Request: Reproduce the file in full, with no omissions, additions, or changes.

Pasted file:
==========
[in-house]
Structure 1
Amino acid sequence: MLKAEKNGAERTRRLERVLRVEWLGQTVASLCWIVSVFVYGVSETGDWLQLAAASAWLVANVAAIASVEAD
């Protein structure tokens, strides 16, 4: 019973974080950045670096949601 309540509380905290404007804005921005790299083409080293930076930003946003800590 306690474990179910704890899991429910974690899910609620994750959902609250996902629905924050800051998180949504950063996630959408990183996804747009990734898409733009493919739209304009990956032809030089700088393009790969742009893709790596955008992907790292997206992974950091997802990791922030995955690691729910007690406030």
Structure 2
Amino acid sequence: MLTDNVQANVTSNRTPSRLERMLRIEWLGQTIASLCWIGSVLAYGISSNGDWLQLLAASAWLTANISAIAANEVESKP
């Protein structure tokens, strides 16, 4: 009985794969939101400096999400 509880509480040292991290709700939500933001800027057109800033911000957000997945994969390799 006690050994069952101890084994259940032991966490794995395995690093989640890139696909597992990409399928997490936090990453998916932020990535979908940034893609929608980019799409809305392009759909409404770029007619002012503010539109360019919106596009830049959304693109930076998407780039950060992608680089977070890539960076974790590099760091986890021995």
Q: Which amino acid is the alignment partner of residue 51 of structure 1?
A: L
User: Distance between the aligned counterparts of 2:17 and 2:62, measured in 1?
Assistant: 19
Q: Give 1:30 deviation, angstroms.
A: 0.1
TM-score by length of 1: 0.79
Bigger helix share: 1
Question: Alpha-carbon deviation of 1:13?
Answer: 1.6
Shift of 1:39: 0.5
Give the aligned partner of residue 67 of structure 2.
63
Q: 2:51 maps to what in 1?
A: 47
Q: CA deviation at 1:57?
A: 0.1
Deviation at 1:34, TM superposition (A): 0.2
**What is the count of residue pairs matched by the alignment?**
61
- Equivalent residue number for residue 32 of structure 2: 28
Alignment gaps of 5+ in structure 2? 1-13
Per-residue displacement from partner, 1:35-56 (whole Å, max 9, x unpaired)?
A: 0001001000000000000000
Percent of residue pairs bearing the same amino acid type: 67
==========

[in-house]
Structure 1
Amino acid sequence: MLKAEKNGAERTRRLERVLRVEWLGQTVASLCWIVSVFVYGVSETGDWLQLAAASAWLVANVAAIASVEAD
């Protein structure tokens, strides 16, 4: 019973974080950045670096949601 309540509380905290404007804005921005790299083409080293930076930003946003800590 306690474990179910704890899991429910974690899910609620994750959902609250996902629905924050800051998180949504950063996630959408990183996804747009990734898409733009493919739209304009990956032809030089700088393009790969742009893709790596955008992907790292997206992974950091997802990791922030995955690691729910007690406030």
Structure 2
Amino acid sequence: MLTDNVQANVTSNRTPSRLERMLRIEWLGQTIASLCWIGSVLAYGISSNGDWLQLLAASAWLTANISAIAANEVESKP
């Protein structure tokens, strides 16, 4: 009985794969939101400096999400 509880509480040292991290709700939500933001800027057109800033911000957000997945994969390799 006690050994069952101890084994259940032991966490794995395995690093989640890139696909597992990409399928997490936090990453998916932020990535979908940034893609929608980019799409809305392009759909409404770029007619002012503010539109360019919106596009830049959304693109930076998407780039950060992608680089977070890539960076974790590099760091986890021995």
Q: Which amino acid is the alignment partner of residue 51 of structure 1?
A: L
User: Distance between the aligned counterparts of 2:17 and 2:62, measured in 1?
Assistant: 19
Q: Give 1:30 deviation, angstroms.
A: 0.1
TM-score by length of 1: 0.79
Bigger helix share: 1
Question: Alpha-carbon deviation of 1:13?
Answer: 1.6
Shift of 1:39: 0.5
Give the aligned partner of residue 67 of structure 2.
63
Q: 2:51 maps to what in 1?
A: 47
Q: CA deviation at 1:57?
A: 0.1
Deviation at 1:34, TM superposition (A): 0.2
**What is the count of residue pairs matched by the alignment?**
61
- Equivalent residue number for residue 32 of structure 2: 28
Alignment gaps of 5+ in structure 2? 1-13
Per-residue displacement from partner, 1:35-56 (whole Å, max 9, x unpaired)?
A: 0001001000000000000000
Percent of residue pairs bearing the same amino acid type: 67